What about my can of "Carburetor & Throttle Body Cleaner"? Can I use that?
 

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Interesting that they may have finally found a compound capable of use on both. Regular carb cleaner is said to be a big no-no on at least the MAF for some reason.
 

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and then carefully scuff the sensor with some WD-40 and sandpaper. Don't try to rotate it or push it in or anything.
Please rephrase this statement. I am not sure what you mean.


Interesting that they may have finally found a compound capable of use on both. Regular carb cleaner is said to be a big no-no on at least the MAF for some reason.
Carb cleaner was for uncoated parts. Throttle body cleaner was for coated parts and was more expensive and thought to be less aggressive. No reason you can not use it on carbs, but it usually costs more.

Carb or TB cleaner is not for MAF. There are specific (more expensive) products for MAF only.
 

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And here I thought I had been doing well to use just TB spray. I have vague memory in the bulletin board days of being told just to use isopropyl and a cue tip to clean the pickups. Of course that was during the descreening craze.
 

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Please rephrase this statement. I am not sure what you mean.
Sometimes people try to rotate or press in the IAC valve/sensor when cleaning it, and this can damage it.

Mine, for example, was so caked with mung that it could not be reinstalled in such condition. Ultimately it needs to be replaced, but I'm just trying to put it off for a bit as I get the car finished. I didn't feel comfortable using carb cleaner or brake cleaner on it, so I chose WD-40, because it's another thing in a can that I own. I squirted some wd-40 on it, scuffed the surface rust away with a small piece of sandpaper, and then wiped the thing down with a cloth. That was my ghetto solution to the problem.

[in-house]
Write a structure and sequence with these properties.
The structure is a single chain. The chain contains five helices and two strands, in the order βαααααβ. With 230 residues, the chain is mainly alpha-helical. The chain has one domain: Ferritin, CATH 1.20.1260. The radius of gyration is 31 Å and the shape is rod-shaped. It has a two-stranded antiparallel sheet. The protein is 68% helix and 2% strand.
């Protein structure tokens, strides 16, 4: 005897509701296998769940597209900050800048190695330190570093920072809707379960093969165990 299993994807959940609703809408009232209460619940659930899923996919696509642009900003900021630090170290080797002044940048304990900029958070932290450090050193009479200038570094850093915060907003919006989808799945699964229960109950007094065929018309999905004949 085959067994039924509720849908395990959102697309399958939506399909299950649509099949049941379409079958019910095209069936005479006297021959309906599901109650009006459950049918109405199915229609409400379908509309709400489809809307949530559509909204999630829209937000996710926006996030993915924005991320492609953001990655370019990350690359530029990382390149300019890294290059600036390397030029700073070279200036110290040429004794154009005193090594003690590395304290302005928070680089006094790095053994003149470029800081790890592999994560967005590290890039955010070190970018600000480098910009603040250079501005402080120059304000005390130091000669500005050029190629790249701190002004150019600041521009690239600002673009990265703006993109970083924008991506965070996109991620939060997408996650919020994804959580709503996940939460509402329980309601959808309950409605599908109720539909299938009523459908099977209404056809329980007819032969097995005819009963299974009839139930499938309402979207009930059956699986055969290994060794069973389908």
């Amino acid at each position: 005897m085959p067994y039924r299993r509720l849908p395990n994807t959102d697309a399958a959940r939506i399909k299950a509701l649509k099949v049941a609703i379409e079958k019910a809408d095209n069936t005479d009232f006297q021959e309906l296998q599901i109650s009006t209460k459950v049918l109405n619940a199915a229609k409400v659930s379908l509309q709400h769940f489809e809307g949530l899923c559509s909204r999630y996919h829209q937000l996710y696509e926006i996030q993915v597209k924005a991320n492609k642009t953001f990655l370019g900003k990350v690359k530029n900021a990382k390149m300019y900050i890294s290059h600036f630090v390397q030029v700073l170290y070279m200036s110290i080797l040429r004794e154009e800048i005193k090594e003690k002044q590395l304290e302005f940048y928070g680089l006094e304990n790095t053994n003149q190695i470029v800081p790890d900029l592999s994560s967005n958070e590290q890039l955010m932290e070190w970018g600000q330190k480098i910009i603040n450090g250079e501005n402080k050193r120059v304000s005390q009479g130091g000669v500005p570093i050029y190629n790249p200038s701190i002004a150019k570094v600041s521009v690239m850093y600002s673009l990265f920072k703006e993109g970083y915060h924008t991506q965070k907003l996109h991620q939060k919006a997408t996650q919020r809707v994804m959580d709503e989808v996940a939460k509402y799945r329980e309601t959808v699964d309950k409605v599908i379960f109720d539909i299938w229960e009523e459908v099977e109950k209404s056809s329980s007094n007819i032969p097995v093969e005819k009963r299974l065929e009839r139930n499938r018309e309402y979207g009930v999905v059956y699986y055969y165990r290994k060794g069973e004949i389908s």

Z09B4U said:
Carb cleaner was for uncoated parts. Throttle body cleaner was for coated parts and was more expensive and thought to be less aggressive. No reason you can not use it on carbs, but it usually costs more.

Carb or TB cleaner is not for MAF. There are specific (more expensive) products for MAF only.
If a throttle body has been removed from the car and all electronic sensors, plastic, etc. have been removed, then I don't see how carb cleaner, or even brake cleaner, is going to harm anything. To be clear, though, I wasn't talking about the throttle body itself in that post. I was specifically referring to the body of the IAC that he removed that had some residue in it and is made of 100% metal.

I would absolutely never use carb cleaner or brake cleaner on an MAF. That's a whole different story.
 

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the IAC valve/sensor
The Idle Air Control is not a sensor.

The PCM has no way of checking the actual position. The four wires are used to control stepper motor coils. The PCM can only move the pintle back or forth. The IAC calibration procedure gets the PCM to force the pintle to each end. Afterwards the PCM goes back to counting steps and hopes the pintle makes the correct movement.